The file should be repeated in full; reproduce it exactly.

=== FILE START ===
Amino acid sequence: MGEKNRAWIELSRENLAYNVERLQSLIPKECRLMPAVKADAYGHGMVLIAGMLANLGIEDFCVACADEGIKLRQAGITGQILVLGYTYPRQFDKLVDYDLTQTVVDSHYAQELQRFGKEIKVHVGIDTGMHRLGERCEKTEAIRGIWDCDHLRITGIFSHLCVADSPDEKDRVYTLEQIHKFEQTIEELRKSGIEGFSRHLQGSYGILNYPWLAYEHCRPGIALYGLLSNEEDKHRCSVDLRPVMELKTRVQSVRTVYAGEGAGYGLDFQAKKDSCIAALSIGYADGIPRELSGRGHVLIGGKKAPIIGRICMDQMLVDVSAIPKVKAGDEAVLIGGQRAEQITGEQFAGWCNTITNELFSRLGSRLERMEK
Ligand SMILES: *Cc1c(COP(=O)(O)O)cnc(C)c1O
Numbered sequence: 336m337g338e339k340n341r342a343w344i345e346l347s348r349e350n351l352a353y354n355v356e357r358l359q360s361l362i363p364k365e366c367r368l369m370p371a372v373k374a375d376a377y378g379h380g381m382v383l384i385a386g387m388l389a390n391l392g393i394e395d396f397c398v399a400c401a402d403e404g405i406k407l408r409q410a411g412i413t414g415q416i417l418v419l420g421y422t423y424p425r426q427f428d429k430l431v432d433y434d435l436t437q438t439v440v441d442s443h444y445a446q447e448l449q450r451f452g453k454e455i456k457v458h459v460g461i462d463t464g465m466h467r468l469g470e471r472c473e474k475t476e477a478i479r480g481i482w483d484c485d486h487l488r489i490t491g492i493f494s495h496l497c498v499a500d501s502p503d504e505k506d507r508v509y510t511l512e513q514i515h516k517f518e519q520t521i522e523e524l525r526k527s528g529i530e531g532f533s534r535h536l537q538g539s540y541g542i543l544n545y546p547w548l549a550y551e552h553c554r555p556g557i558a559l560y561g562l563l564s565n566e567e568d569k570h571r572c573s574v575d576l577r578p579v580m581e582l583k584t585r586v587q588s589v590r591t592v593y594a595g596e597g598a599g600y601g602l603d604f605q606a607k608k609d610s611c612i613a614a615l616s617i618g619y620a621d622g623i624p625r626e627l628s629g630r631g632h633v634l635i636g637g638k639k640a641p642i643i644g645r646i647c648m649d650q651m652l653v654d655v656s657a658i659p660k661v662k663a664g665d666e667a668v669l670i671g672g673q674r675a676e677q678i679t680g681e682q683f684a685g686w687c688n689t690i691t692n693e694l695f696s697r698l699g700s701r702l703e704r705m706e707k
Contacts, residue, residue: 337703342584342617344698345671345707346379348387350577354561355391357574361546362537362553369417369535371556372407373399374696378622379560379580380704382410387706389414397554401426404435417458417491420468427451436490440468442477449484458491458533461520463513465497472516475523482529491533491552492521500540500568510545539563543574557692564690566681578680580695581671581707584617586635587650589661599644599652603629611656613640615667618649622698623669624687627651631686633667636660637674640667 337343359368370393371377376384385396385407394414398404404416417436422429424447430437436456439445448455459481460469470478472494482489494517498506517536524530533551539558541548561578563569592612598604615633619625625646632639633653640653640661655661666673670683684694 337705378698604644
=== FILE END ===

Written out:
Amino acid sequence: MGEKNRAWIELSRENLAYNVERLQSLIPKECRLMPAVKADAYGHGMVLIAGMLANLGIEDFCVACADEGIKLRQAGITGQILVLGYTYPRQFDKLVDYDLTQTVVDSHYAQELQRFGKEIKVHVGIDTGMHRLGERCEKTEAIRGIWDCDHLRITGIFSHLCVADSPDEKDRVYTLEQIHKFEQTIEELRKSGIEGFSRHLQGSYGILNYPWLAYEHCRPGIALYGLLSNEEDKHRCSVDLRPVMELKTRVQSVRTVYAGEGAGYGLDFQAKKDSCIAALSIGYADGIPRELSGRGHVLIGGKKAPIIGRICMDQMLVDVSAIPKVKAGDEAVLIGGQRAEQITGEQFAGWCNTITNELFSRLGSRLERMEK
Ligand SMILES: *Cc1c(COP(=O)(O)O)cnc(C)c1O
Numbered sequence: 336m337g338e339k340n341r342a343w344i345e346l347s348r349e350n351l352a353y354n355v356e357r358l359q360s361l362i363p364k365e366c367r368l369m370p371a372v373k374a375d376a377y378g379h380g381m382v383l384i385a386g387m388l389a390n391l392g393i394e395d396f397c398v399a400c401a402d403e404g405i406k407l408r409q410a411g412i413t414g415q416i417l418v419l420g421y422t423y424p425r426q427f428d429k430l431v432d433y434d435l436t437q438t439v440v441d442s443h444y445a446q447e448l449q450r451f452g453k454e455i456k457v458h459v460g461i462d463t464g465m466h467r468l469g470e471r472c473e474k475t476e477a478i479r480g481i482w483d484c485d486h487l488r489i490t491g492i493f494s495h496l497c498v499a500d501s502p503d504e505k506d507r508v509y510t511l512e513q514i515h516k517f518e519q520t521i522e523e524l525r526k527s528g529i530e531g532f533s534r535h536l537q538g539s540y541g542i543l544n545y546p547w548l549a550y551e552h553c554r555p556g557i558a559l560y561g562l563l564s565n566e567e568d569k570h571r572c573s574v575d576l577r578p579v580m581e582l583k584t585r586v587q588s589v590r591t592v593y594a595g596e597g598a599g600y601g602l603d604f605q606a607k608k609d610s611c612i613a614a615l616s617i618g619y620a621d622g623i624p625r626e627l628s629g630r631g632h633v634l635i636g637g638k639k640a641p642i643i644g645r646i647c648m649d650q651m652l653v654d655v656s657a658i659p660k661v662k663a664g665d666e667a668v669l670i671g672g673q674r675a676e677q678i679t680g681e682q683f684a685g686w687c688n689t690i691t692n693e694l695f696s697r698l699g700s701r702l703e704r705m706e707k
Contacts, residue, residue: 337703342584342617344698345671345707346379348387350577354561355391357574361546362537362553369417369535371556372407373399374696378622379560379580380704382410387706389414397554401426404435417458417491420468427451436490440468442477449484458491458533461520463513465497472516475523482529491533491552492521500540500568510545539563543574557692564690566681578680580695581671581707584617586635587650589661599644599652603629611656613640615667618649622698623669624687627651631686633667636660637674640667 337343359368370393371377376384385396385407394414398404404416417436422429424447430437436456439445448455459481460469470478472494482489494517498506517536524530533551539558541548561578563569592612598604615633619625625646632639633653640653640661655661666673670683684694 337705378698604644